Author Topic: Ricotta Salata - Make Methodology  (Read 1506 times)

Offline melissakomorowski

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Ricotta Salata - Make Methodology
« on: December 11, 2011, 06:51:18 PM »
developing a ricotta salata cheese.   I have been making a ricotta cheese salting and pressing.  It doesn't seem turn into the salty version I have purchased and eaten.  I press overnite. salt on day one two and three on cheeses about 4 inches tall.   Some times the cheese is too moist, too salty, not enough salt.  It is in a refrig to "age"  usually develops mold if I keep the frig to warm like over 43    any suggestions on how to bring this back around  being pushed to develop this sooooooon


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Offline linuxboy

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Re: Ricotta Salata - Make Methodology
« Reply #1 on: December 11, 2011, 07:02:30 PM »
Quote
ricotta cheese salting and pressing. 
Can you please post more process + QA/ HACCP details? Ricotta salata is sensitive to pH and whey solids and casein/whey solids ratios, as well as rennet selection.
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I press overnite.
What PSI?
Quote
salt on day one two and three on cheeses about 4 inches tall.
What salt schedule? Have you considered brining?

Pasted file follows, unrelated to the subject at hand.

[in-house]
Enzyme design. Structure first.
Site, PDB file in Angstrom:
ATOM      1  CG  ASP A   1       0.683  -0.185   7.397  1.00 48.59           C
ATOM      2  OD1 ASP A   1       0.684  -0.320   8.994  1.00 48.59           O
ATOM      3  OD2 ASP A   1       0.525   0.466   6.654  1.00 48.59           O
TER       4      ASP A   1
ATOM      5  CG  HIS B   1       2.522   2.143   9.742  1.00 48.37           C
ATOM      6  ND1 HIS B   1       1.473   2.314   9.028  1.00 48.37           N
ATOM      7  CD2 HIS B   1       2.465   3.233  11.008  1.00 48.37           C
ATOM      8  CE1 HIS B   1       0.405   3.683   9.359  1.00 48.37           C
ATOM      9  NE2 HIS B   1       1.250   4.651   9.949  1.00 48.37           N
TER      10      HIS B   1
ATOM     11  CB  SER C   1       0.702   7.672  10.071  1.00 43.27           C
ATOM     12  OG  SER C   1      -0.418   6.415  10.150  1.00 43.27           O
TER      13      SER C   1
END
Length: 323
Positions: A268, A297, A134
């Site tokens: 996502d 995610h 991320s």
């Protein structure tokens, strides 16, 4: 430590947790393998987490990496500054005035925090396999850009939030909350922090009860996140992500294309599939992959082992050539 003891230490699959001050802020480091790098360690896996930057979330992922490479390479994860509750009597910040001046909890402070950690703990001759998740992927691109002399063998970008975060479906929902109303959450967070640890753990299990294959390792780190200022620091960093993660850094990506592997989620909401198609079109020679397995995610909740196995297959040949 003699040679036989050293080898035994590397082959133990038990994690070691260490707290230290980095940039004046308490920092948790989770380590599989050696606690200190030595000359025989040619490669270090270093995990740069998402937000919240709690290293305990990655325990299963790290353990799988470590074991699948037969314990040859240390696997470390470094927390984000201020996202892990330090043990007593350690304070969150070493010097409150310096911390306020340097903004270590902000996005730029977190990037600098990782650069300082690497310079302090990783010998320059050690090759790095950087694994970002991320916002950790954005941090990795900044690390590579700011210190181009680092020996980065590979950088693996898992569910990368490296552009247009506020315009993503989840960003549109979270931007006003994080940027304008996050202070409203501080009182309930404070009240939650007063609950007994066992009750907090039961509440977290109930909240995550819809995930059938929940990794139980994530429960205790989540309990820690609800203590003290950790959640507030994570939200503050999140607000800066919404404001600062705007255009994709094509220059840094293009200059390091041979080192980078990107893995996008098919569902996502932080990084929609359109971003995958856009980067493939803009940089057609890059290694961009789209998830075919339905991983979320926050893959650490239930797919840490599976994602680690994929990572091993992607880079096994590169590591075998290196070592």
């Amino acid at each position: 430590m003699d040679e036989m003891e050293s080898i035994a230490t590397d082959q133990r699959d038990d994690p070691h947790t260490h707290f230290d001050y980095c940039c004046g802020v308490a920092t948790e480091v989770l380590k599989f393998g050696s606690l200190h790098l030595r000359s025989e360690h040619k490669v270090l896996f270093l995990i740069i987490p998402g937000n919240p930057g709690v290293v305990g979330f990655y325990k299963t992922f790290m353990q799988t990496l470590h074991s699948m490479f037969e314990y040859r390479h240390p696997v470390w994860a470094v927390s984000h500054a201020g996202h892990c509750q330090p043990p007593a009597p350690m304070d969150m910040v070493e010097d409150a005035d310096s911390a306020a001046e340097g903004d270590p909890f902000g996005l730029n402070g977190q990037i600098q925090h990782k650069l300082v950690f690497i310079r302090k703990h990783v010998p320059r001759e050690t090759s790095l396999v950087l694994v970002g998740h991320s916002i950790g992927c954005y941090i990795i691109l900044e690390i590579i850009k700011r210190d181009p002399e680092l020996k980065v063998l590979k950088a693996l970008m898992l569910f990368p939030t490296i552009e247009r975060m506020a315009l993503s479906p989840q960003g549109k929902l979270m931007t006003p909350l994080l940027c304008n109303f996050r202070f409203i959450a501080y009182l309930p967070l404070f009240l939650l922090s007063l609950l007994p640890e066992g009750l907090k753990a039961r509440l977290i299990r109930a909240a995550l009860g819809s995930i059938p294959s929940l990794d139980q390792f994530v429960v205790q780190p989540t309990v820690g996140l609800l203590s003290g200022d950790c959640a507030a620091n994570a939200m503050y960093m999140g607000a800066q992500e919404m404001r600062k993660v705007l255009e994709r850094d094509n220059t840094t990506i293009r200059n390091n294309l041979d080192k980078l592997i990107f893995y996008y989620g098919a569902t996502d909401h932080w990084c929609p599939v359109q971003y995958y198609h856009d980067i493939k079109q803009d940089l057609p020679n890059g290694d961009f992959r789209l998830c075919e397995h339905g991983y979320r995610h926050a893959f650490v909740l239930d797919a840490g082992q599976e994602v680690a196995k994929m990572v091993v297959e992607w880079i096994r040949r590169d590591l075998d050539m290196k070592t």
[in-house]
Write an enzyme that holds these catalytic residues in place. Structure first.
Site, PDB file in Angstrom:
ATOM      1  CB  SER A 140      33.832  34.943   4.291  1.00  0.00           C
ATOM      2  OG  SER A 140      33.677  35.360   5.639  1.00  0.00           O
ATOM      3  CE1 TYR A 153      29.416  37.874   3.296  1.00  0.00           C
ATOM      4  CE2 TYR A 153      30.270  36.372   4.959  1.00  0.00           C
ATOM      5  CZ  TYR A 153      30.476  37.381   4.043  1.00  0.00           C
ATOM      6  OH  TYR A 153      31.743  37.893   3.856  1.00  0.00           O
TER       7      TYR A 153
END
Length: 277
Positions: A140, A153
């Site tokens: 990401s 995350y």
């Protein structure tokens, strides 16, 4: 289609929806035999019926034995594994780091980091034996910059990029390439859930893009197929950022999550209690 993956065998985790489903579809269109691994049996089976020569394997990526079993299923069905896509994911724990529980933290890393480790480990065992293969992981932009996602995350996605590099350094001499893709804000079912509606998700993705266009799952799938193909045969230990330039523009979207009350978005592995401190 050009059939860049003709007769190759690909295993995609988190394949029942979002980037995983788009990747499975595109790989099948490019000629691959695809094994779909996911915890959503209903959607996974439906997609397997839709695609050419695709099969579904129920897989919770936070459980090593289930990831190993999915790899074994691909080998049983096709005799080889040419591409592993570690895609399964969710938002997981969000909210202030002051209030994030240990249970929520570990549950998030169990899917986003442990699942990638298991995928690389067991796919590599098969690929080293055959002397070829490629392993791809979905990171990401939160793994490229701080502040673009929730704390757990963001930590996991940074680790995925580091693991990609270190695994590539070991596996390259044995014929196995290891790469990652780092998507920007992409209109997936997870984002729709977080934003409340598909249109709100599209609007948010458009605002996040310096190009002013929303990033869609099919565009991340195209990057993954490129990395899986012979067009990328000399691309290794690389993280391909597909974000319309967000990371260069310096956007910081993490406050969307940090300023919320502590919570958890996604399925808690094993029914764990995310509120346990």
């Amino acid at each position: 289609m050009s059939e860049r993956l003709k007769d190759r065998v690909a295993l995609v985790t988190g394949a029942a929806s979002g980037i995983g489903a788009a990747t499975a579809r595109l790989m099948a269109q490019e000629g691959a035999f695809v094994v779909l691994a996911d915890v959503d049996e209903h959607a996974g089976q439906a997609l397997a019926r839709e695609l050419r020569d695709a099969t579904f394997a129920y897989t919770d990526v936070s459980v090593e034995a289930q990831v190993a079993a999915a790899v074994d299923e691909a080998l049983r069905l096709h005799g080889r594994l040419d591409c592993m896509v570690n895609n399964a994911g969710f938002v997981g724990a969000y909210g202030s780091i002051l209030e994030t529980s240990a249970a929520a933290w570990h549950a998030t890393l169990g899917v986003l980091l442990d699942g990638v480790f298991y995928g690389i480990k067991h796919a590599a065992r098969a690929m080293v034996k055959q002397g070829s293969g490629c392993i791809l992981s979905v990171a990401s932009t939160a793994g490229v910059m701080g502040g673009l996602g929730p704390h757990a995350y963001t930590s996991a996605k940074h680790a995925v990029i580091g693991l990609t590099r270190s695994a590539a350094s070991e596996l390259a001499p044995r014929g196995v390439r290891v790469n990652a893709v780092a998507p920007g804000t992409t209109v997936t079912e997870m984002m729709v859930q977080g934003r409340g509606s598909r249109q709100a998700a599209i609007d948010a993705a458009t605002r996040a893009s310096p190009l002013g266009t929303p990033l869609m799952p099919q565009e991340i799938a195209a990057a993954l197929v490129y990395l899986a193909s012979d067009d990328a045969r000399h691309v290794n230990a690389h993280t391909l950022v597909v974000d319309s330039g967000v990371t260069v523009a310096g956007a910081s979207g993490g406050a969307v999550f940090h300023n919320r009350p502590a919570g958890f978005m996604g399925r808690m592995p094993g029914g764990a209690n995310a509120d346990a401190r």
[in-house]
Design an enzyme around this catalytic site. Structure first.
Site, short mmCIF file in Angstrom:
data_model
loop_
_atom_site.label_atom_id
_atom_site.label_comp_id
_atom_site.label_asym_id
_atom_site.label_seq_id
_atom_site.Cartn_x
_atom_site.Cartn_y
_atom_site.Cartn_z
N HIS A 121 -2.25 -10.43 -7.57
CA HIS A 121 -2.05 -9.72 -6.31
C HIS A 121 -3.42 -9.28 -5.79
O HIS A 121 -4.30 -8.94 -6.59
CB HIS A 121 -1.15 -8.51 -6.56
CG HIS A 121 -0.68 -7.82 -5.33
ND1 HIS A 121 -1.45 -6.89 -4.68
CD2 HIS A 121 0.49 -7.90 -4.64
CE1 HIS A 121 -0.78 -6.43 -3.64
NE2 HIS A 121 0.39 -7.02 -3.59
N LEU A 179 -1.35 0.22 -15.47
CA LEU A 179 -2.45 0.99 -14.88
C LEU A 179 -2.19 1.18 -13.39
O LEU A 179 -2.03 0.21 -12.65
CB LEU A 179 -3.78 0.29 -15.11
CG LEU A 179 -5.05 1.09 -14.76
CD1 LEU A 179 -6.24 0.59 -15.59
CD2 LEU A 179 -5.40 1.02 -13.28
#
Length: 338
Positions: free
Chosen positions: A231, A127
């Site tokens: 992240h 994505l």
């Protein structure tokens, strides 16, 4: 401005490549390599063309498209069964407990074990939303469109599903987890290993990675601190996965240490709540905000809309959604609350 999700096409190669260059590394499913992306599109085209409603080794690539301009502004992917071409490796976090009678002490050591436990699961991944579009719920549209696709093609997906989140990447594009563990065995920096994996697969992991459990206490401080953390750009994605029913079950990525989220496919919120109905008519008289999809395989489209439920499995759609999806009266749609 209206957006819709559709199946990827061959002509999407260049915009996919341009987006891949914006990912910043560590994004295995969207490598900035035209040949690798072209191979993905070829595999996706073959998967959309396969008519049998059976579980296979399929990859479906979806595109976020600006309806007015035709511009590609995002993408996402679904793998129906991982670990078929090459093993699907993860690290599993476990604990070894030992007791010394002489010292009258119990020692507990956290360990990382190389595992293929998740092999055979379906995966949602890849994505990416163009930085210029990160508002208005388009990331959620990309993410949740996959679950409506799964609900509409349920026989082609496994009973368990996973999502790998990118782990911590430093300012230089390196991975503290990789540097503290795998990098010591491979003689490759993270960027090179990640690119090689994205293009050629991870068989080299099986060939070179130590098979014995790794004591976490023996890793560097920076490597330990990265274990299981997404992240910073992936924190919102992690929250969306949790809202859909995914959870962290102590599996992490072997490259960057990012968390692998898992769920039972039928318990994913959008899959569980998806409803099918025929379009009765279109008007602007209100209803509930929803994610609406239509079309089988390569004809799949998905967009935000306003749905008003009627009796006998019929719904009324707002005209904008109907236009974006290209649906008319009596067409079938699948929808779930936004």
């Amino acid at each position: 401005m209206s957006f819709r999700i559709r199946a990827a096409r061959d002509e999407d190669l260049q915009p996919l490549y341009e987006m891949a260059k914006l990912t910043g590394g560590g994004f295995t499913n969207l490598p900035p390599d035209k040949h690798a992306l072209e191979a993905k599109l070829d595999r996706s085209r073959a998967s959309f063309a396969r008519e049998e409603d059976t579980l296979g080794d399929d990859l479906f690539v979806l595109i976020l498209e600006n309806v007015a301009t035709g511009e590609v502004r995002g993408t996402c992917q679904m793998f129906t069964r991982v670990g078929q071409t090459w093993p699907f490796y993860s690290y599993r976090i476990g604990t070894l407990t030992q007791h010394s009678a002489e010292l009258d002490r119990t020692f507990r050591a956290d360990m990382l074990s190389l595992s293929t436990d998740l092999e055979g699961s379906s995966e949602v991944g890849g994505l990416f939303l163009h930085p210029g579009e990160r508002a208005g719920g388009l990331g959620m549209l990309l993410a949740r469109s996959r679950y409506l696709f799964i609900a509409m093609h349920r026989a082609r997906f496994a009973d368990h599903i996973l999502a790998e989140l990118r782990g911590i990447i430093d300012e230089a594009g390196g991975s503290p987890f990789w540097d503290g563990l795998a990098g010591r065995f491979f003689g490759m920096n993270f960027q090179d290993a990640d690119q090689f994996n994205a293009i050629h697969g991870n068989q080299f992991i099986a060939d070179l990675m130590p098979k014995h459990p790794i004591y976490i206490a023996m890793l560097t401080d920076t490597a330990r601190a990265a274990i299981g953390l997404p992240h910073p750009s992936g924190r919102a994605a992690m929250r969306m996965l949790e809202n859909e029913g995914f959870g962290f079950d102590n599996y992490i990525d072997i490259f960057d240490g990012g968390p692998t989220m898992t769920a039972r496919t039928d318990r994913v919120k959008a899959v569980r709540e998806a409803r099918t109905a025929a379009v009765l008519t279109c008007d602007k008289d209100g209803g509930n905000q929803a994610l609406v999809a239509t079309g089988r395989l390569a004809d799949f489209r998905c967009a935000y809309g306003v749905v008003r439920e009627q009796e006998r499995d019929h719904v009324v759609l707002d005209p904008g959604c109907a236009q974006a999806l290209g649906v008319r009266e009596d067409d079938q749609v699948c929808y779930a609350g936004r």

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Some times the cheese is too moist
Do you standardize milk?

Basically, with a technical cheese like this, you need to pay close attention to QA so you can create a standardized product. Like how do you test for whey solids, how do you account for pH, how do you measure salt schedule, etc?

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Offline melissakomorowski

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Re: Ricotta Salata - Make Methodology
« Reply #2 on: December 12, 2011, 04:05:22 PM »
My ricotta is made with whole milk running around 4.6 butterfat from 4 cows. The milk runs around 6.5pH  1 tsp kosher salt per gallon and white vinegar at about 2.5 oz per gallon is added to a batch.  I say about cause sometimes I have to add more to get it to coagulate.  I use MicroDesigns batch pasturizer and it is hard to get the milk temp up over 180.   when I feel enough curd has formed I let it set for 10 min and scoop into ricotta baskets and let drain on a drain table, maybe flipping once in the basket.  draining takes about 1/2- 45 min.  This I layer in thin layers in 4 inch molds pressing 2 high under their own weight for 1/2 hour then flip cheese in mold and press the top cheese for 1/2  hour.   then these I stack 2 or 3 high in pail to keep them up right with about 2 lbs of weight on each stack.  I press them for 12-14 hours   salt and place on rack in the "cheese cave" salting again on day 2 and 3  using about 1tbsp to 2 tsps worth of salt for each.  I have not checked the pH at this point. 

Offline linuxboy

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Re: Ricotta Salata - Make Methodology
« Reply #3 on: December 12, 2011, 05:33:54 PM »